The papillary layer’s main function is to provide nutrients to the skin through capillaries. The blood flow also helps with regulating body temperature. Lastly, it contains sensory receptors that can detect temperature, texture, pain, and pressure.
The reticular layer is the deepest layer of the dermis, and the last layer of skin before the hypodermis. As with the papillary layer, it contains collagen to help strengthen the skin, and elastin to aid with elasticity. This layer also contains hair follicles, sweat glands, and sebaceous glands.
The hypodermis, also known as the subcutaneous tissue, is the deepest layer of skin. It’s mostly made up of fat and connective tissues. It helps to regulate body temperature, and it’s also home to larger nerves and blood vessels.
Aside from providing insulation, the hypodermis also stores fat that sticks the outer layers of skin to the flesh and bone underneath. The hypodermis layer also aids in hormone production, and generally protects the body by adding a layer of cushioning against impacts.
The outermost 25-30 layers of skin cells in the epidermis are actually dead. New skin cells are constantly being produced in the Stratum Basale. As this happens, the older cells get pushed up to the top. Therefore, the topmost layers of skin cells only act as a barrier to water and foreign microorganisms.
Skin is thicker in some areas, and thinner in others. On average, it’s only around 0.07 inches thick, but it covers approximately 20 square feet, and weighs just over 6 pounds.
The lipid content secreted by the cells in the epidermis gives skin a waterproof quality, as well as low permeability. For this reason, it’s very difficult for water and other substances to enter the body through the skin. This is what makes the skin so good at protecting us against most potentially harmful foreign substances.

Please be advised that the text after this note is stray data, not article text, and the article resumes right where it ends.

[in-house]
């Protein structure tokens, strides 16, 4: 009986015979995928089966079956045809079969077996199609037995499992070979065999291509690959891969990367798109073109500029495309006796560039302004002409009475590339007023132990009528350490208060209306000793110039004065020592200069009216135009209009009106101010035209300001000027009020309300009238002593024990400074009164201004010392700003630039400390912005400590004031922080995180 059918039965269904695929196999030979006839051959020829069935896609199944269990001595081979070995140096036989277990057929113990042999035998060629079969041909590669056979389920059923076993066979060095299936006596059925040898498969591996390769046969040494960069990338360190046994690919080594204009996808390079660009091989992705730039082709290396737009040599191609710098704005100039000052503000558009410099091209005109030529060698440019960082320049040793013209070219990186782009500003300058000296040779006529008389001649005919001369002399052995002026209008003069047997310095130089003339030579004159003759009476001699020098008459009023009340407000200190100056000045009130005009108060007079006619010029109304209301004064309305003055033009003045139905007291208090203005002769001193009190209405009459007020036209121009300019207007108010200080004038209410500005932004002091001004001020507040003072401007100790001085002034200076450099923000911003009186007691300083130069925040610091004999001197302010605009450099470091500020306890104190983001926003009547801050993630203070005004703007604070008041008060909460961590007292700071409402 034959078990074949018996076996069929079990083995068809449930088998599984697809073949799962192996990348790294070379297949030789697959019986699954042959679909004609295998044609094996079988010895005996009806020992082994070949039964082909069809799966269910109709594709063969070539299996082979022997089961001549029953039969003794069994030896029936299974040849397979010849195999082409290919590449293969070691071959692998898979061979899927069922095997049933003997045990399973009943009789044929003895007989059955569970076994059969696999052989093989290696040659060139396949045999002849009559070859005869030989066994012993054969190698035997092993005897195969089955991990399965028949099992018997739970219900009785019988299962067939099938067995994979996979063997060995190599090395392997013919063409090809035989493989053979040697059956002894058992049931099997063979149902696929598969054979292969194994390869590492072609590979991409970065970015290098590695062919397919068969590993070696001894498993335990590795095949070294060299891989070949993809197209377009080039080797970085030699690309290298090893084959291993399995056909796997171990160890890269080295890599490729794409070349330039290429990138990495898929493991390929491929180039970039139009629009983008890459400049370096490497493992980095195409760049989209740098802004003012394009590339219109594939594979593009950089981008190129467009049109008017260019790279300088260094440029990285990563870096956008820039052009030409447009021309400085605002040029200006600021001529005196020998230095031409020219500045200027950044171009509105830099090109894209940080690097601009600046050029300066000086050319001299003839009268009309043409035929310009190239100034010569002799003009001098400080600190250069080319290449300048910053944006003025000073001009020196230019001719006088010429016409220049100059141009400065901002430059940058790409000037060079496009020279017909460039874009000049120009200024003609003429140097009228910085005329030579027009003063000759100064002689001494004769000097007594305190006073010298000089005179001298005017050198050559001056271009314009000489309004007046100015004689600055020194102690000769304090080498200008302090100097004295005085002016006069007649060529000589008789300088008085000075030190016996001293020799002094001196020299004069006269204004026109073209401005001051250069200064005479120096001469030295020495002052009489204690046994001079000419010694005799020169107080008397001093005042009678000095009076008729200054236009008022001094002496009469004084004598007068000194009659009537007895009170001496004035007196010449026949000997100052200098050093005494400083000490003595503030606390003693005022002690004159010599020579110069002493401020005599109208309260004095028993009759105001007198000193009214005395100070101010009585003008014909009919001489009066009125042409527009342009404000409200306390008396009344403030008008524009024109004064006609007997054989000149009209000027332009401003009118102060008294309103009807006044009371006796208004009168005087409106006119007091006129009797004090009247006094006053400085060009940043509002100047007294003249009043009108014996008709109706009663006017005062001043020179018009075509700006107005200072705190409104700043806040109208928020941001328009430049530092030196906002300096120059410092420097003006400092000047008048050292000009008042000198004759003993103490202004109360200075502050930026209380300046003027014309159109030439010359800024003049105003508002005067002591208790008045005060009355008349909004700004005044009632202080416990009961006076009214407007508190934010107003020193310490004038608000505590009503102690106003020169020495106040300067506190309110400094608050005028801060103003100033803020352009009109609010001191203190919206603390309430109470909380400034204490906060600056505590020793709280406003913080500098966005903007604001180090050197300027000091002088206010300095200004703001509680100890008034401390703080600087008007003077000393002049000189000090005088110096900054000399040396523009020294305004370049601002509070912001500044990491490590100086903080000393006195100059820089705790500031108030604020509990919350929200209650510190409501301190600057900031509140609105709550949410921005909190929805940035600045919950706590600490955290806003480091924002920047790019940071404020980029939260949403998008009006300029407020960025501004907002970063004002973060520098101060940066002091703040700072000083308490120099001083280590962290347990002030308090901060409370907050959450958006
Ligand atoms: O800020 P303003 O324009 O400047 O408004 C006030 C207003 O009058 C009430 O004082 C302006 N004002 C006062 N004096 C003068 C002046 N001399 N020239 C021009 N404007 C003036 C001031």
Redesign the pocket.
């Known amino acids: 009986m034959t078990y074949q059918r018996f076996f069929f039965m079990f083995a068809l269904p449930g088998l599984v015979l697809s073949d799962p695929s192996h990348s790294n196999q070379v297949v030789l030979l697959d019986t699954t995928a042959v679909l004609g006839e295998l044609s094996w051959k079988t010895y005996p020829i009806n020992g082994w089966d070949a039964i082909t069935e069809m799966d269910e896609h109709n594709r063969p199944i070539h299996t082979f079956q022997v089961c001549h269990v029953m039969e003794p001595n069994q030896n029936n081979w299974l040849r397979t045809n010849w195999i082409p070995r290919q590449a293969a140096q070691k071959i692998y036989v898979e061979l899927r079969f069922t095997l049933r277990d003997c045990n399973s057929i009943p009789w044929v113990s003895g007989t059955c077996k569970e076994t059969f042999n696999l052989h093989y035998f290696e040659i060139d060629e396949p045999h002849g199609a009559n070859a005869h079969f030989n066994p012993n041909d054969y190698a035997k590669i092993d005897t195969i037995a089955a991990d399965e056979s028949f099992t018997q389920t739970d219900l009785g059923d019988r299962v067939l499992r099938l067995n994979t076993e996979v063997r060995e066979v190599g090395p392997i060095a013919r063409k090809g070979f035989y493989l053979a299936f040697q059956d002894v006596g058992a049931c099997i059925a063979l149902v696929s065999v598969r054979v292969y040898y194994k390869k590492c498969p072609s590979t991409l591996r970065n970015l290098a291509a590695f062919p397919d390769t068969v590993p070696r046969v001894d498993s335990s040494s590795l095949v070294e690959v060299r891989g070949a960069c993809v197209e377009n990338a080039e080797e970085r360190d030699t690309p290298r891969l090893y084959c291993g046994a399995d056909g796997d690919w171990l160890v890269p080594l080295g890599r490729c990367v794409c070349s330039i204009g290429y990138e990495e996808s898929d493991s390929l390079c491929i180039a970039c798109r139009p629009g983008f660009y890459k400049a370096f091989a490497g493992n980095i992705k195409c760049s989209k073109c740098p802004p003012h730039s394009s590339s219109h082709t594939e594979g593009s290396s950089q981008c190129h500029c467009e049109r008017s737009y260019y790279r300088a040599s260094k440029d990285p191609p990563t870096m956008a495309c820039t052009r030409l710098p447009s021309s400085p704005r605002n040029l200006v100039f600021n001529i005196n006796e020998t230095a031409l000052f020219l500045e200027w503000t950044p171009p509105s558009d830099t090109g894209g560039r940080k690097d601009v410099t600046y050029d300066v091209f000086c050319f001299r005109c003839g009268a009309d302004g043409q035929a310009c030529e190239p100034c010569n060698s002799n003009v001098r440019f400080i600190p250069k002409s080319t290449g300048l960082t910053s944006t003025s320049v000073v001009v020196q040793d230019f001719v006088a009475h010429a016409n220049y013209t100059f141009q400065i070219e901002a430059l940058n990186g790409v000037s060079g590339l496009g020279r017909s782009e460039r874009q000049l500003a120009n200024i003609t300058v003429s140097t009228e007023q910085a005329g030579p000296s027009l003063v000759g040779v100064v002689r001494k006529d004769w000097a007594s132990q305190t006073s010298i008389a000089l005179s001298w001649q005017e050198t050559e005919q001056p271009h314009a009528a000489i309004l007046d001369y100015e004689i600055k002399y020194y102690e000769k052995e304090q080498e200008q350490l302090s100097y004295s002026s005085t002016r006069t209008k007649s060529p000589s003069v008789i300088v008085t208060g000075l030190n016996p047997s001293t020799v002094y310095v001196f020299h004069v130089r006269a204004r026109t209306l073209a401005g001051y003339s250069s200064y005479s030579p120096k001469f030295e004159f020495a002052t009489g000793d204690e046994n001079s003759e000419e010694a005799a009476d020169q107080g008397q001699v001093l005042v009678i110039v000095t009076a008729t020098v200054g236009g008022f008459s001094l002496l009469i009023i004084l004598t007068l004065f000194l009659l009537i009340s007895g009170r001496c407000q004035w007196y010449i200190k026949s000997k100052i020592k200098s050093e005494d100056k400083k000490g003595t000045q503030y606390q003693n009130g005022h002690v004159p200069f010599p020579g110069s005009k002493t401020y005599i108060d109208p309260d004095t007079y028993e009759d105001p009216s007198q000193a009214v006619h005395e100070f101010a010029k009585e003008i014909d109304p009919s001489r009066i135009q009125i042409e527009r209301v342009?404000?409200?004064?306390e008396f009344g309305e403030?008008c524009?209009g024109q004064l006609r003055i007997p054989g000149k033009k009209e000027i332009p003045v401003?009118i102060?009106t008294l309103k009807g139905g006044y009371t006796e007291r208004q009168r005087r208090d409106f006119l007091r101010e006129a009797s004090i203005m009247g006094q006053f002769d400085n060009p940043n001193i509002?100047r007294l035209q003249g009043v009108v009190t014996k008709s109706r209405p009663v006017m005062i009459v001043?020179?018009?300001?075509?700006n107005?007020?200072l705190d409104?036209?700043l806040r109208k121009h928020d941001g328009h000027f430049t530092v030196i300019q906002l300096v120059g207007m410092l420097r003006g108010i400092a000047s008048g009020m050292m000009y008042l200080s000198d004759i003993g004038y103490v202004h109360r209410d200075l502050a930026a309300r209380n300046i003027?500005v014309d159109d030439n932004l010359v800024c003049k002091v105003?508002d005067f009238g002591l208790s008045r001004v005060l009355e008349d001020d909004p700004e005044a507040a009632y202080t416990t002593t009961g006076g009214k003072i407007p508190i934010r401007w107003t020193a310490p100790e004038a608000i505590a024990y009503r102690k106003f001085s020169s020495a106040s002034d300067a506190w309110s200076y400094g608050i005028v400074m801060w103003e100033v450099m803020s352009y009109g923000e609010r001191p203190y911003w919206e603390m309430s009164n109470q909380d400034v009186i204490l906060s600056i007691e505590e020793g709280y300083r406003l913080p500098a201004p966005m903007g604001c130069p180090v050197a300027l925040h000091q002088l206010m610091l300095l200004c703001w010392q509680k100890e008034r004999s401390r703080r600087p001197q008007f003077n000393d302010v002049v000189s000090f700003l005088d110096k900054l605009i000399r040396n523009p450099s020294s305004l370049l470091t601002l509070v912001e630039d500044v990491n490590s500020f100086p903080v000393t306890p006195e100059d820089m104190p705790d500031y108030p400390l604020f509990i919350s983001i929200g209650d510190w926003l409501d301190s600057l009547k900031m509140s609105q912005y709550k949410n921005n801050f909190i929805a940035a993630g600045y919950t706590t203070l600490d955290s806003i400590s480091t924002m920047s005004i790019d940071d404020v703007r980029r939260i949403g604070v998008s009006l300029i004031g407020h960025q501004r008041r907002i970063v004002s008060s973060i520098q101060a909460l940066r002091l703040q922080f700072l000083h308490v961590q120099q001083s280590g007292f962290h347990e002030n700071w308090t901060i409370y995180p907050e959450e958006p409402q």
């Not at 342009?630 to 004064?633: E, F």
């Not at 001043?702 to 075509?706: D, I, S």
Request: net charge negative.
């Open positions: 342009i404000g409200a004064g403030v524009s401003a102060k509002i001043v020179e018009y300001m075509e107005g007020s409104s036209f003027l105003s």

As strange as it seems, it is possible for some areas of your skin to absorb oxygen. Mostly, it is the topmost layer of the skin, the epidermis, which is in direct contact with the air, that absorbs the oxygen it needs. This part of the skin is composed mostly of dead skin cells, however, and the rest of the body relies on getting oxygen through a continuous blood supply.
Depending on the strength of the microscope you use, the skin can look like a landscape of layered scales or, with a weaker microscope, a surface that’s crisscrossed with lines and dotted with pores. Hairs will appear large and thick, and if you’re lucky, you may even spot a few skin mites!
But, as alien as our skin close-ups may seem, the largest organ of our bodies protects us from harm every day.
Featured Image Credit: Piqsels
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Cheryl is a freelance content and copywriter from the United Kingdom. Her interests include hiking and amateur astronomy but focuses her writing on gardening and photography. If she isn't writing she can be found curled up with a coffee and her pet cat.